And because I think authors need to get real and face the fact this is a brutal business and we’re not all standing around the campfire linking arms, although I did do that once with Sue Grafton at Jackson Hole, but that’s a story for another day. RIP — a hell of a writer and person. And a realist after coming out of writing television.

4. “Indie book stores are pre-eminent in the industry and we need to support them”

Hell, yeah, I’ve spent thousands of dollars at indies. As a reader. My experiences as an author are not that great. My motto? Support the indie authors. Yay! How often do you hear that one? How many newspaper articles are written lamenting the career implosion of an indie author? None.

There are lots of great indie bookstores, but there are also a number who are kind of snobbish toward genre authors. Romance authors can tell you about that. On average, over half of the indie stores I’ve gone into where I’ve lived (and I’ve lived a lot of places — they haven’t caught me yet) have pretty much given me a cold shoulder since I write genre fiction, not the great American novel.

A couple of times after having my books that I brought in pushed back to me and told “We’re not interested” that store went under within a year. Lots of wailing and weeping and you know what? I tried to help. Still will.

I had to point out to a friend who was big on the “support your indie, boo to the chains” bandwagon that in the town I lived in then, that his book was racked in the chain, but not in the two indies. Support the place that sells your title.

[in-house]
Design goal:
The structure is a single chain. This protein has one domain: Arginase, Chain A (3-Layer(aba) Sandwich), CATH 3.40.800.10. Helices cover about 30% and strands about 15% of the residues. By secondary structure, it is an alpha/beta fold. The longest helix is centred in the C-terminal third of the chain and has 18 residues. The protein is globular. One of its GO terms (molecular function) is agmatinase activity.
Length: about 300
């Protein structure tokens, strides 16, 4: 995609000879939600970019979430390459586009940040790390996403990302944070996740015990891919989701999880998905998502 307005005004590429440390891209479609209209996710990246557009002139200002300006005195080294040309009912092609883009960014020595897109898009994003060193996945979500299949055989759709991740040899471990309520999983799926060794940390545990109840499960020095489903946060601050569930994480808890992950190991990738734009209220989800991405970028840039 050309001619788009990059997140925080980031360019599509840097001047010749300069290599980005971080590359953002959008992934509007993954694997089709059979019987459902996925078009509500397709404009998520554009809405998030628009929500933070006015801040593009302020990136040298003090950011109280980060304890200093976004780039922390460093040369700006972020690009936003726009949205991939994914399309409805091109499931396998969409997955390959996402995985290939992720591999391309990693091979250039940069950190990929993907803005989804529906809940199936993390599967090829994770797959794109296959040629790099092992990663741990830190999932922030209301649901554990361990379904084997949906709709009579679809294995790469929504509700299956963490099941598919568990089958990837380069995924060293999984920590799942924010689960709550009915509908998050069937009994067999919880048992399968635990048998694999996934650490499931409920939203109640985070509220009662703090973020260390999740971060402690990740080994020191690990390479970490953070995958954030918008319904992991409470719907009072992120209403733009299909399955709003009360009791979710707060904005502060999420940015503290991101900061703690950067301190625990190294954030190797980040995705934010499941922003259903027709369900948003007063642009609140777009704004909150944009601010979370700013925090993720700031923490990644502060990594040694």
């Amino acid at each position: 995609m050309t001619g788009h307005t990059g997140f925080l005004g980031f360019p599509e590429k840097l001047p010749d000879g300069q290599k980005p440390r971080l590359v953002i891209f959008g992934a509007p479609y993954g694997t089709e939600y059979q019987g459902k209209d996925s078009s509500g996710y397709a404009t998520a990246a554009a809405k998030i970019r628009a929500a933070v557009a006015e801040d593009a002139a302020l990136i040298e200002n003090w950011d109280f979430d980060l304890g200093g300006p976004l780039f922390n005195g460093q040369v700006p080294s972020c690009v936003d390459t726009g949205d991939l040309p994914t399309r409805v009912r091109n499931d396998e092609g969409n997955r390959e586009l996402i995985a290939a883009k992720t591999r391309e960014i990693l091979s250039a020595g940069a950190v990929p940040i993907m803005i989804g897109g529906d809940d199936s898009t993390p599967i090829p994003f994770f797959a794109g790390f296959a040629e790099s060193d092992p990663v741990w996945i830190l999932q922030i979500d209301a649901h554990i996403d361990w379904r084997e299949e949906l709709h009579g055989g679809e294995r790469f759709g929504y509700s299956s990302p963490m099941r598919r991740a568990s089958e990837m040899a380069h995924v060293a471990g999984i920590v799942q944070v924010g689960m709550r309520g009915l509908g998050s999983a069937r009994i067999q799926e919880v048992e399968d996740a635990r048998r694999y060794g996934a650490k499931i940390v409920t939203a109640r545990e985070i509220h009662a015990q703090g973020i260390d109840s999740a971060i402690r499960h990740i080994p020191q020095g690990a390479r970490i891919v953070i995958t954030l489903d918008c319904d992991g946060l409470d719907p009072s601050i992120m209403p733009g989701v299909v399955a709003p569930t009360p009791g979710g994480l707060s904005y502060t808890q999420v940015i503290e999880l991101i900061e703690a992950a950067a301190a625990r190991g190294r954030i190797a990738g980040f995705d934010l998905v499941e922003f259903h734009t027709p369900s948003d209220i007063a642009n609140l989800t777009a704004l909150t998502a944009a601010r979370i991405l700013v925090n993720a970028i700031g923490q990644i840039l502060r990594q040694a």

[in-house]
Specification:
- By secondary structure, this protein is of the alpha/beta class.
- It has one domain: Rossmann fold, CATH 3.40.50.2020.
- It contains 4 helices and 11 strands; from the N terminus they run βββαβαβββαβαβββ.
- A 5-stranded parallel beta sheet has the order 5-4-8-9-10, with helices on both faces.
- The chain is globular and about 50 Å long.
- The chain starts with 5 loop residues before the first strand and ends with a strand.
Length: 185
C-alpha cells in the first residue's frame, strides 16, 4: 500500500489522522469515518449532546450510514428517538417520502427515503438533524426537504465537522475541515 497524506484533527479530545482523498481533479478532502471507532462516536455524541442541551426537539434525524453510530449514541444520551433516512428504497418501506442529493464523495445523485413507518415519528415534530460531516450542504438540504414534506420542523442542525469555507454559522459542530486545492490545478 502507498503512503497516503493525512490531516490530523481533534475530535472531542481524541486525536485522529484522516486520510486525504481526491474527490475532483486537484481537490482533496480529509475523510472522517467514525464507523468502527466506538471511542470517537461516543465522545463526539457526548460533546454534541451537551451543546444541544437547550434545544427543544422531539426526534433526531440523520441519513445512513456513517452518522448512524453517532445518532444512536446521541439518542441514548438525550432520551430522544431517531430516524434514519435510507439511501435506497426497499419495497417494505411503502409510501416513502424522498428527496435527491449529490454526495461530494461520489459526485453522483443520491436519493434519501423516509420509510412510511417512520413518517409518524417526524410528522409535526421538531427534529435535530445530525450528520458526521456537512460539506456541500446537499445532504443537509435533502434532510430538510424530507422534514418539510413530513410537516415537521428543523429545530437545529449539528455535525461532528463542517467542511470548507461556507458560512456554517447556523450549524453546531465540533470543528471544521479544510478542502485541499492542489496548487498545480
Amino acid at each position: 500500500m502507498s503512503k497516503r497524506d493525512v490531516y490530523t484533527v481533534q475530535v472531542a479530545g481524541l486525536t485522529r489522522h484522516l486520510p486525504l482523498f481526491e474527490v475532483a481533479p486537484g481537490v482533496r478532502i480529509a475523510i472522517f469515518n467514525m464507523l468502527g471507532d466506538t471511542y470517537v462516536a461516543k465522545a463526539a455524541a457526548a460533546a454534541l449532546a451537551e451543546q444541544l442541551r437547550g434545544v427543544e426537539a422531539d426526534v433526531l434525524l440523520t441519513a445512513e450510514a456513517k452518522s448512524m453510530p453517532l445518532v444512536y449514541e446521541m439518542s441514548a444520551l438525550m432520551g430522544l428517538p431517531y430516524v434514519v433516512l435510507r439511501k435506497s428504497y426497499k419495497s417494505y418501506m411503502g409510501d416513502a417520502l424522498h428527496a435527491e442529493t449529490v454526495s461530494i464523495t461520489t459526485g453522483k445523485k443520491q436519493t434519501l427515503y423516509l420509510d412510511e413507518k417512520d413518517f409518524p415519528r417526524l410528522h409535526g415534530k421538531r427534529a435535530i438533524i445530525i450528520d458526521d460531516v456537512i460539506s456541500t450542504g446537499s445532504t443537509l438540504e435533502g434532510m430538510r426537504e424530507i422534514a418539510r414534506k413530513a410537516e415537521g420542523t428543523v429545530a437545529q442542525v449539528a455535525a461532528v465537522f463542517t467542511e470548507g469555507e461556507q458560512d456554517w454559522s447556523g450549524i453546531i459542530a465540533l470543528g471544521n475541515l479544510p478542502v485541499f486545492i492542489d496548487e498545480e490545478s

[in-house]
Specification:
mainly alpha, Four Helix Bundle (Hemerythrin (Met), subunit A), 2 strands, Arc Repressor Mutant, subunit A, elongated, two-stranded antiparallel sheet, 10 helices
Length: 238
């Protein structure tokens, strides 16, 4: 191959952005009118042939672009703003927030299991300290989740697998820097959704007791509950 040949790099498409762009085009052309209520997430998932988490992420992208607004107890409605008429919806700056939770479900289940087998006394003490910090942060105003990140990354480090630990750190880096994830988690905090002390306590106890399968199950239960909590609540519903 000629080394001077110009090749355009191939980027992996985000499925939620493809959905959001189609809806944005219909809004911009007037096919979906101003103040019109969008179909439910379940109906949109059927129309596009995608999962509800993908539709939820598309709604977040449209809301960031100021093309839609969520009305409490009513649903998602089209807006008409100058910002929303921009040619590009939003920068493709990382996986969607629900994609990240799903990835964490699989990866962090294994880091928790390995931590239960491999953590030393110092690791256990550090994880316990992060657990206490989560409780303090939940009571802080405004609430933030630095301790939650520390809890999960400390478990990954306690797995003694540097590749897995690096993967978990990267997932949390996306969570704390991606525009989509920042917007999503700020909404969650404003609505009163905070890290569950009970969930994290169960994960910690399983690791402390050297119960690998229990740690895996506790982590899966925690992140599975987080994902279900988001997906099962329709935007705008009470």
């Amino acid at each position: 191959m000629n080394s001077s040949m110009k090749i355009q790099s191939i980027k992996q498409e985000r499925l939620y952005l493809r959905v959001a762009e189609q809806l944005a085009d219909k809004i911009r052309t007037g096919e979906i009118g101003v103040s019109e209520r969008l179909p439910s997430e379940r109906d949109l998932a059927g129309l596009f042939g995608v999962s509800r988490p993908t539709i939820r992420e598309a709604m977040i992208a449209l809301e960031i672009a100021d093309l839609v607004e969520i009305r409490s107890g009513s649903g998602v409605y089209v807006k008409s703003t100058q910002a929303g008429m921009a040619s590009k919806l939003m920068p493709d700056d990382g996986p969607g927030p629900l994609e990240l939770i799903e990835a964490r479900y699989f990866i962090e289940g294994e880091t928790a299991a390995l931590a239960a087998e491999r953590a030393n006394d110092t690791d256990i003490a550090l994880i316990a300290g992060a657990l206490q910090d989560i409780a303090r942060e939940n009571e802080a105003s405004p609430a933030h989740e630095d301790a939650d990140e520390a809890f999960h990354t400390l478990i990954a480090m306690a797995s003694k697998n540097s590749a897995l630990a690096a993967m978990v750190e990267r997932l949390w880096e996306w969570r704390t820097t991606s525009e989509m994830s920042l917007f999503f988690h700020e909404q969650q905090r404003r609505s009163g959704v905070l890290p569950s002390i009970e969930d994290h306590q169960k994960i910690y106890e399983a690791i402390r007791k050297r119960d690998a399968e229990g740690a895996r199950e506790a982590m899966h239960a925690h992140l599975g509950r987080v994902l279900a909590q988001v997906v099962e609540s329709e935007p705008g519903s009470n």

5. “Getting a Bookbub deal is wonderful”

More controversy. I used to run Bookbub ads constantly. When Bookbub was new. Invested thousands and thousands of dollars. When Bookbub was mainly the province of indie authors. I was in on Bookbub so early I used to be one of the people they suggested you follow when you sign up.

A Bookbub ad would cause a big spike. Then a long tail of nice sales.

Two things happened:

The big spike isn’t as big and the long tail is almost gone. I know there are exceptions, but overall a Bookbub ad or a Kindle Daily Deal doesn’t have the impact it used.

Second, New York caught on. Now, the emails are full of bestseller backlist. And remember, it ain’t backlist if you haven’t read it. So, your prolific reader who you need has a choice between you, the midlist author, and a title from a big-time bestselling author. Tough, eh?

Bookbub is part of the trend of pricing ourselves into oblivion, but we’re all guilty of it and it’s just a reality. Hell, I’ll probably try an ad soon for my new series. There’s not much you can do about it, but be aware of the reality.

Here’s a key lesson I learned the hard way: Don’t joust with windmills. Which leads me to:

6. “Amazon is my enemy”